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Objective

To evaluate a combined cycloablative and gonioimplantation technique for treatment of glaucoma in dogs.

Design

Retrospective study.

Animals

18 adult dogs with glaucoma.

Procedure

Medical records of dogs that received a valved gonioimplant and a cyclodestructive procedure (cyclocryoablation or diode laser cyclophotocoagulation) during a 6-year period were reviewed. Retention of vision and intraocular pressure control were assessed, as well as number and nature of complications.

Results

19 eyes of 18 dogs received a valved gonioimplant and either cyclocryoablation (n = 12) or diode laser cyclophotocoagulation (7). At ≥ 1 year after surgery, 11 of 19 eyes had vision and 14 of 19 eyes had intraocular pressure < 25 mm Hg. Two dogs (2 eyes) were lost to follow-up 3 and 6 months after surgery. Despite the alternative route for aqueous humor flow created by the gonioimplant, 7 eyes had increased intraocular pressure (27 to 61 mm Hg) < 24 hours after surgery. Other complications included excessive intraocular fibrin, focal retinal detachment, corneal ulcer, retinal hemorrhage, cataract, and implant migration.

Conclusions and Clinical Relevance

Combined cycloablation and gonioimplantation appears to be a promising technique for retention of vision and control of intraocular pressure in dogs with glaucoma. (J Am Vet Med Assoc 1999;215:1469–1472)

Free access
in Journal of the American Veterinary Medical Association

Objective

To determine whether intracameral injection of carbachol at the completion of phacoemulsification in dogs would prevent the increase in intraocular pressure (IOP) that can develop during the first 24 hours after surgery.

Design

Randomized controlled trial.

Animals

32 adult dogs undergoing elective unilateral or bilateral phacoemulsification.

Procedure

Dogs were randomly assigned to 1 of 4 groups with 8 dogs/group: phacoemulsification and intracameral administration of 0.5 ml of 0.01 % carbachol at the end of surgery; phacoemulsification, intraocular lens implantation, and intracameral administration of 0.5 ml of 0.01 % carbachol; phacoemulsification and intracameral administration of 0.5 ml of balanced salt solution; and phacoemulsification, intraocular lens implantation, and intracameral administration of 0.5 ml of balanced salt solution. Intraocular pressure was measured at 3 and 6 hours and the morning after surgery. Aqueous flare was also measured 6 hours and the morning after surgery.

Results

None of the dogs treated with carbachol developed postoperative ocular hypertension (ie, IOP > 27 mm of Hg), whereas 12 of 16 control dogs had ocular hypertension 3 hours after surgery. Intraocular pressure 3 hours after surgery was not significantly associated with phacoemulsification time or phacoemulsification power or with whether the dog received an intraocular lens implant. Severity of aqueous flare was similar for treated and control dogs.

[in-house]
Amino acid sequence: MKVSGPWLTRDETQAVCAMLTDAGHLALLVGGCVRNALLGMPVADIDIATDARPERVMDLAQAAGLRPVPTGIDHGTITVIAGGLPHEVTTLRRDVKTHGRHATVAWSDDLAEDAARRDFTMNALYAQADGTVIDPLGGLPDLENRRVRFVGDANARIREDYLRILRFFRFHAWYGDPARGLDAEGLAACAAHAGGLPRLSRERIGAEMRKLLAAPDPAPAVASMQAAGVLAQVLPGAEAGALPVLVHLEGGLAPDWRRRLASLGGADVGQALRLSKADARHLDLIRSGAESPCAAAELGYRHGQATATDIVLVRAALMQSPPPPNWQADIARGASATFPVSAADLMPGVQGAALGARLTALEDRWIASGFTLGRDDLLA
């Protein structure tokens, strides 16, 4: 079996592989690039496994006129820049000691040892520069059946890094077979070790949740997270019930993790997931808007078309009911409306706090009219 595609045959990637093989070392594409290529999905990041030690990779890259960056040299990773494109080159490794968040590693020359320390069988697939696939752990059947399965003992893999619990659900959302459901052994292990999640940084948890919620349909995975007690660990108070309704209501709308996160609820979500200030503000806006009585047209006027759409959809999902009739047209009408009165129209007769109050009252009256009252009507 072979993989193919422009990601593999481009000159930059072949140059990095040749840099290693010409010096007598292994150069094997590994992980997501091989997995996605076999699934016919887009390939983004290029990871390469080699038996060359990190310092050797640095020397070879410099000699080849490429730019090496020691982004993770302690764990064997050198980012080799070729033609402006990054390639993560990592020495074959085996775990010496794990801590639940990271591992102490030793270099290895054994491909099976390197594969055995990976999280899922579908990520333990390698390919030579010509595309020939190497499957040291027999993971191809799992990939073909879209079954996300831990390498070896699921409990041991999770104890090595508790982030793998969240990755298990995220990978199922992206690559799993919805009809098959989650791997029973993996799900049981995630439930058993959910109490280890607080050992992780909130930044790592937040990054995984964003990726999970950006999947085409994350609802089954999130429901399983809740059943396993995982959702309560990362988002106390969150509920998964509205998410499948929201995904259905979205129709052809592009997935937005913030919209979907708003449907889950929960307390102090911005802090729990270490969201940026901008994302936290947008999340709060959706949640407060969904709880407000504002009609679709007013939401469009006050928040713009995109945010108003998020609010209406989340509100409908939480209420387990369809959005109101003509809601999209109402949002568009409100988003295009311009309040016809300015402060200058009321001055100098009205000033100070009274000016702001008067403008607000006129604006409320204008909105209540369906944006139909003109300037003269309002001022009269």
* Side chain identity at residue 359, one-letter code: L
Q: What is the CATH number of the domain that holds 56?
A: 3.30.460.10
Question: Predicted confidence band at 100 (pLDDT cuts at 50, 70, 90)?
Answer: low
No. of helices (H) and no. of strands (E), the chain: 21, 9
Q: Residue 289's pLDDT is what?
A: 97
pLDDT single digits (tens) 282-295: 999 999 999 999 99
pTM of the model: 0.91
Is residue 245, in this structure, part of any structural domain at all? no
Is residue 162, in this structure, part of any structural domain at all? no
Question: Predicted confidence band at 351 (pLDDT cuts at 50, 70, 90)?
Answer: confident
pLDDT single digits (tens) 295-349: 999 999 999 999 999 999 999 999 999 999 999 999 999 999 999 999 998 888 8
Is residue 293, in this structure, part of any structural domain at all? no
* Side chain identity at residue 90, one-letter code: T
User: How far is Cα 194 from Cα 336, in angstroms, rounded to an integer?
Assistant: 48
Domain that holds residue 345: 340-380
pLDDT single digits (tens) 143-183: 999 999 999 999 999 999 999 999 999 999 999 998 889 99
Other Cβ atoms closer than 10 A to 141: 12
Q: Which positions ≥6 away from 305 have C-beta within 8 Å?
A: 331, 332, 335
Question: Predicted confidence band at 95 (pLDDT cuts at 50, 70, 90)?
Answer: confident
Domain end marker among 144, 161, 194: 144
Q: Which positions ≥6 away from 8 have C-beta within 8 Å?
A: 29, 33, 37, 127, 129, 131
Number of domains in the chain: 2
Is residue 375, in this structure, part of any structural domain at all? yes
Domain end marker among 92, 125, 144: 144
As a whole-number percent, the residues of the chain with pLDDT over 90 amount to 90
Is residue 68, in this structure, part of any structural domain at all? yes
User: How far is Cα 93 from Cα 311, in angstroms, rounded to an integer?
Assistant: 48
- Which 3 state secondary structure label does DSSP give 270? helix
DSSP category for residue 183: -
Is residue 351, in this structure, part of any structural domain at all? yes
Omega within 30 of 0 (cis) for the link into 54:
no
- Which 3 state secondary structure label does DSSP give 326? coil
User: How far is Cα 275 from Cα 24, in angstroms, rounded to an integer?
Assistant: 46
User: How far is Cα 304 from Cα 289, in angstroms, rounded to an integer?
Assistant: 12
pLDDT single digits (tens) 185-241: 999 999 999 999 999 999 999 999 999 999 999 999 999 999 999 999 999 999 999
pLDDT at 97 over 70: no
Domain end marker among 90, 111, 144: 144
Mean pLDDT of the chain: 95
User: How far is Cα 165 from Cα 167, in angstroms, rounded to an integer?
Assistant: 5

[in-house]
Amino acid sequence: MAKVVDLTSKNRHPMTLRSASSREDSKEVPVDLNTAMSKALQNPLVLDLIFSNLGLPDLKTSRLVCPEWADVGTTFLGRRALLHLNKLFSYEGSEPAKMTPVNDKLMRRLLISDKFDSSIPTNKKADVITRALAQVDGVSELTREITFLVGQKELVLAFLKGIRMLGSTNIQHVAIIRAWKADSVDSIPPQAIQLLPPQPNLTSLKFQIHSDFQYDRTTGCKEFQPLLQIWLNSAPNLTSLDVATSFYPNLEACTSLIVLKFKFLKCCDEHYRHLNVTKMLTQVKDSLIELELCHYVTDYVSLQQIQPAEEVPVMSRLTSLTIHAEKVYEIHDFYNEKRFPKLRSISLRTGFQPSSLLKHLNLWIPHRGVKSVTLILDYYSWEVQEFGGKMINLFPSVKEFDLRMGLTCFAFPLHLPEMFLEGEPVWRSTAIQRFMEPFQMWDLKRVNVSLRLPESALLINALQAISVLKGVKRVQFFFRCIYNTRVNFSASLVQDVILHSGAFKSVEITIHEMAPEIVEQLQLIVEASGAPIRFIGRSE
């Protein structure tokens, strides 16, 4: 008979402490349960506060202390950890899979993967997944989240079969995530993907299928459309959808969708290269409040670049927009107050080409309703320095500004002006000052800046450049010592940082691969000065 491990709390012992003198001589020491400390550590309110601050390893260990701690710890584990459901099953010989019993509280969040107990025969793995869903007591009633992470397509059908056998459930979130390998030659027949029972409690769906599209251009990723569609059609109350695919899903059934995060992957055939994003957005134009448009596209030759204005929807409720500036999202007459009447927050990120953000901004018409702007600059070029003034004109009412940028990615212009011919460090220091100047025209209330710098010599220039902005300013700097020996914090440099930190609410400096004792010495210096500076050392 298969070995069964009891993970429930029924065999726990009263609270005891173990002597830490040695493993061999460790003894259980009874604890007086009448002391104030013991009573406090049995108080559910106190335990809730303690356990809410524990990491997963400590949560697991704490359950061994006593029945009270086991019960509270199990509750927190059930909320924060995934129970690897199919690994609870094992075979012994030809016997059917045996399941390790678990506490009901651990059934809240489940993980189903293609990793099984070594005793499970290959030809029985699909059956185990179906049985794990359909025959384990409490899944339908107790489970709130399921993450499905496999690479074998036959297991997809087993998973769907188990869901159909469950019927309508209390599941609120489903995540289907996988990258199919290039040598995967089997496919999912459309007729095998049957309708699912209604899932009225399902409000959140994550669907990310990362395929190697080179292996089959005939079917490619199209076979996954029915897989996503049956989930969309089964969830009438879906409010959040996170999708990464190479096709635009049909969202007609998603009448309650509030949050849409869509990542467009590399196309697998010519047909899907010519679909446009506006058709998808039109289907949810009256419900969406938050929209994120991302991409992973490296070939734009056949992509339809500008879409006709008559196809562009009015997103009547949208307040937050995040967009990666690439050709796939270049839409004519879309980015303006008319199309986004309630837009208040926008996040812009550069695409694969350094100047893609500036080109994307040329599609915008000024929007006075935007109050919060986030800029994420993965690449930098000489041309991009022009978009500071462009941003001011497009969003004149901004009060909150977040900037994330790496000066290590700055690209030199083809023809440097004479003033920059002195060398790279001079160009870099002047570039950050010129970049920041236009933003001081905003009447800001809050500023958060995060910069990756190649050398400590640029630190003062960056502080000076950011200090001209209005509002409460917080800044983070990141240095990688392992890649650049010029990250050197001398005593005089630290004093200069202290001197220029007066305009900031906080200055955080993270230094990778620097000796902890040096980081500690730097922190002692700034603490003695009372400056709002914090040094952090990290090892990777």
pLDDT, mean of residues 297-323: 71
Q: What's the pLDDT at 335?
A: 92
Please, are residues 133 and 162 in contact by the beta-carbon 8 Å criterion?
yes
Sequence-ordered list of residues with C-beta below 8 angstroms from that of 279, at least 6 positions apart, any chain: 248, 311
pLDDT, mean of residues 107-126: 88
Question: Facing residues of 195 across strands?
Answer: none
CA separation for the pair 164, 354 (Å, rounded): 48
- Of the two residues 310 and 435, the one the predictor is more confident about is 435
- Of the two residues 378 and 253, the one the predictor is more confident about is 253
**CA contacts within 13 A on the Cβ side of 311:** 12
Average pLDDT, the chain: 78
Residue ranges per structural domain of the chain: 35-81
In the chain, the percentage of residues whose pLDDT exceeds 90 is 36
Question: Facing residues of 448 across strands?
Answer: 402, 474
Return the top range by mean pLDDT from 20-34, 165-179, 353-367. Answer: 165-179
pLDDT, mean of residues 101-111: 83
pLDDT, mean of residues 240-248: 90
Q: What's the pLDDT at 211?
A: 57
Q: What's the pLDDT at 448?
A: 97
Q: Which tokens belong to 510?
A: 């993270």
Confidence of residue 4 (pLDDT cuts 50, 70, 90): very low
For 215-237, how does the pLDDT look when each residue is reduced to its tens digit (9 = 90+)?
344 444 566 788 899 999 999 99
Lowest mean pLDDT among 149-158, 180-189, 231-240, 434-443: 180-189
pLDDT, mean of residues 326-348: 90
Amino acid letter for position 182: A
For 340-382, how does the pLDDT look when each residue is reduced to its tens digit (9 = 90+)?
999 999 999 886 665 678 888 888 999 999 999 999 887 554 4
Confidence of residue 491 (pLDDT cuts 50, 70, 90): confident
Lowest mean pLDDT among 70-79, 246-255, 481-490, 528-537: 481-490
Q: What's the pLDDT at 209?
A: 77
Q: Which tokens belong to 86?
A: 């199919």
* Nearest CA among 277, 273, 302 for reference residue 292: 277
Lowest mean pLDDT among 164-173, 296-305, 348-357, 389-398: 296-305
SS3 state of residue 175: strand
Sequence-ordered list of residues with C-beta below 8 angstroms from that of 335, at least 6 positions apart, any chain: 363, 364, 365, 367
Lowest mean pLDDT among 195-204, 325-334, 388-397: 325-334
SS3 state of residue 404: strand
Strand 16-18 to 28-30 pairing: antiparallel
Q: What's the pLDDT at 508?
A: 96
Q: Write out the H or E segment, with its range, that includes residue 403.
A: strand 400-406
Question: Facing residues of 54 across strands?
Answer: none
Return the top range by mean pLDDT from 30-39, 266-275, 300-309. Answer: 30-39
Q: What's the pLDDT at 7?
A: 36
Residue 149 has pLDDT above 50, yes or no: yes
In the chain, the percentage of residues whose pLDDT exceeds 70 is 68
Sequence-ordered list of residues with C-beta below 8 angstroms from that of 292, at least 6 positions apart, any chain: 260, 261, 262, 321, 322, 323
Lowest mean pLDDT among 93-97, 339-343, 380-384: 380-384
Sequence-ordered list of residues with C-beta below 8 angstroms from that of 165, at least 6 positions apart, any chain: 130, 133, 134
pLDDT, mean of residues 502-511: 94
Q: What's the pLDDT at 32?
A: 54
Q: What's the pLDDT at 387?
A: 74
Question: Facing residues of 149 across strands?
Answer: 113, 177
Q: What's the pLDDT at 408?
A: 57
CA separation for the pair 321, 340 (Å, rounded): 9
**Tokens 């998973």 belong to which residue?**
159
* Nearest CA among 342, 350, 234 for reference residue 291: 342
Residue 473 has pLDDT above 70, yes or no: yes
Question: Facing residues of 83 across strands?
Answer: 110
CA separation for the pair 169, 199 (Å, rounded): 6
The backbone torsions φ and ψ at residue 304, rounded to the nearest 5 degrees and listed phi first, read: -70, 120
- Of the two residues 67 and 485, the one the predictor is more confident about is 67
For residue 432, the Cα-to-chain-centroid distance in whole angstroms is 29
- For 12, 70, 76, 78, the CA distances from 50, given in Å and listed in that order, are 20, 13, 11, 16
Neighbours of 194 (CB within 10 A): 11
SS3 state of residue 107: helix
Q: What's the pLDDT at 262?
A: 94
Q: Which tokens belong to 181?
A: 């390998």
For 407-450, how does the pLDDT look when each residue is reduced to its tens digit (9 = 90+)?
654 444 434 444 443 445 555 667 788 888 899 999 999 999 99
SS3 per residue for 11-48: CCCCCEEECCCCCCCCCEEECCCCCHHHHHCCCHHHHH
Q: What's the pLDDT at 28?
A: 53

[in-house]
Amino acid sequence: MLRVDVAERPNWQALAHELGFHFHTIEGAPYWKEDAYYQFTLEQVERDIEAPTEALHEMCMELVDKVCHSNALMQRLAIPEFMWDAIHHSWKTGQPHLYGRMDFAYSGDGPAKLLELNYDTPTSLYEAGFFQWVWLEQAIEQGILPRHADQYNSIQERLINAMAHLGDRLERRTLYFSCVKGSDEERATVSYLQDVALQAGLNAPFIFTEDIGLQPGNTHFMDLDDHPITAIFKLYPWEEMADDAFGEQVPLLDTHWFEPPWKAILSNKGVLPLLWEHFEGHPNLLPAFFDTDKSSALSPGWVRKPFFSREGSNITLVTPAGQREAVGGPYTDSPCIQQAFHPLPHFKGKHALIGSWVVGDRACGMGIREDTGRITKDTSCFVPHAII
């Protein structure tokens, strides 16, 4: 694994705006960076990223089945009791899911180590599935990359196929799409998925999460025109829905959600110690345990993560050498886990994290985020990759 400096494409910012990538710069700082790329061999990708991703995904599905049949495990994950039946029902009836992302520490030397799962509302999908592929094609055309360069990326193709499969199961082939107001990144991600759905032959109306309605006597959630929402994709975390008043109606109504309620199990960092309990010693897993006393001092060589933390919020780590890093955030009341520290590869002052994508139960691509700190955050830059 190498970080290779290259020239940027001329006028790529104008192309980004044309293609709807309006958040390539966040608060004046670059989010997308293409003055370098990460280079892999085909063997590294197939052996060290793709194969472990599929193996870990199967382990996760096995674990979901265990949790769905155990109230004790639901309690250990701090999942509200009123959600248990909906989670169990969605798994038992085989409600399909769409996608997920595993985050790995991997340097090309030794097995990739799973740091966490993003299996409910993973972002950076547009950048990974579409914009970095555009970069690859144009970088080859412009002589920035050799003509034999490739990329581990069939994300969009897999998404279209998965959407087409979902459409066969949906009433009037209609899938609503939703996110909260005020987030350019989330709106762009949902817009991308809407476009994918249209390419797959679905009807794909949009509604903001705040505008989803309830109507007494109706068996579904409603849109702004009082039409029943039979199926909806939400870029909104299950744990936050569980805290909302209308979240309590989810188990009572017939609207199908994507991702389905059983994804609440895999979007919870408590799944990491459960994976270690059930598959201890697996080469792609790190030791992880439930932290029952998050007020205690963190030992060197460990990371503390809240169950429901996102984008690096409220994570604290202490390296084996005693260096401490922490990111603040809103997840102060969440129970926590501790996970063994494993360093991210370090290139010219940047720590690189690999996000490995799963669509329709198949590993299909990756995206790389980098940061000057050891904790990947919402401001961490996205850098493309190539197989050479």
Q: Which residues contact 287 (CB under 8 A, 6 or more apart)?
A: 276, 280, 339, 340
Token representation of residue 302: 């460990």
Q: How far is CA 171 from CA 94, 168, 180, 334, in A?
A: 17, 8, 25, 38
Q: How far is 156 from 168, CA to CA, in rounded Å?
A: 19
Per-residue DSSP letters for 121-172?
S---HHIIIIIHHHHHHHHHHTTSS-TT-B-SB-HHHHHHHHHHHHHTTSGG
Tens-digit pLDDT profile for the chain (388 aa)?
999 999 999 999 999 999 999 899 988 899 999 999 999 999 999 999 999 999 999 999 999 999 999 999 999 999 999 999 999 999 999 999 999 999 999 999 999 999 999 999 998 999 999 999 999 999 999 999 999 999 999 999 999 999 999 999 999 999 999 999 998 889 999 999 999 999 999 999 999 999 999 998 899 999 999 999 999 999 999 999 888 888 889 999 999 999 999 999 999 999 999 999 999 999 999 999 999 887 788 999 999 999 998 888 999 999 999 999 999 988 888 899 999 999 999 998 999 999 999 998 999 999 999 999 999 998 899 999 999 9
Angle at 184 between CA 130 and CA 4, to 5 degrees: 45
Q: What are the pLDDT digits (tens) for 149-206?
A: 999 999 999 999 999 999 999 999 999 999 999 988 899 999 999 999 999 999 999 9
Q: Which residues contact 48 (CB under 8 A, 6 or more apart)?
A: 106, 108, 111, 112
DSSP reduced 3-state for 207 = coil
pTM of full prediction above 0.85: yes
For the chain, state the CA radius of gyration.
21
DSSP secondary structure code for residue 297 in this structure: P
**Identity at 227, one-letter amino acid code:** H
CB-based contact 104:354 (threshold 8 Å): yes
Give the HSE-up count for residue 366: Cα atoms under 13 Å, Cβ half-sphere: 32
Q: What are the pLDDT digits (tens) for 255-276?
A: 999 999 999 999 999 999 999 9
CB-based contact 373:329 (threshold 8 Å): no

Clinical Implications

Results suggested that intracameral administration of 0.01 % carbachol at the end of surgery was a safe and efficacious method of preventing the postoperative increase in IOP associated with phacoemulsification in dogs. (J Am Vet Med Assoc 1998;212:1885–1888)

Free access
in Journal of the American Veterinary Medical Association

Abstract

Objective—To assess ophthalmologic features and ocular lesions in red-tailed hawks and Cooper's hawks naturally infected with West Nile virus (WNV).

Design—Original study.

Animals—13 hawks.

Procedures—All hawks underwent complete ophthalmic examinations including slit lamp biomicroscopy and binocular indirect ophthalmoscopy. Eleven hawks were euthanized because of a grave prognosis; complete necropsies were performed. Eyes, brain, heart, and kidneys were processed for histologic and immunohistochemical examinations. Pooled tissue homogenates and aqueous humor samples were assessed for WNV nucleic acid via PCR assay, and anti-WNV antibody titers in aqueous humor and plasma were determined.

Results—All birds had similar funduscopic abnormalities including exudative chorioretinal lesions and chorioretinal scarring in a geographic or linear pattern. Eleven birds were euthanized, and 2 birds were released. Plasma from both released hawks and plasma and aqueous humor of all euthanized hawks that were evaluated contained anti-WNV antibodies. Except for 1 hawk, all euthanized hawks had WNV-associated disease (determined via detection of WNV antigen or nucleic acid in at least 1 organ). Histopathologic ocular abnormalities, most commonly pectenitis, were detected in all euthanized birds; several birds had segmental choroiditis, often with corresponding segmental retinal atrophy. West Nile virus antigen was detected in the retinas of 9 of the euthanized birds. In 2 hawks, WNV antigen was detected in the retina only.

Conclusions and Clinical Relevance—Results indicated that funduscopically detectable chorioretinal lesions appear to be associated with WNV disease in hawks. Detection of ocular lesions may aid in antemortem or postmortem diagnosis of this condition.

Full access
in Journal of the American Veterinary Medical Association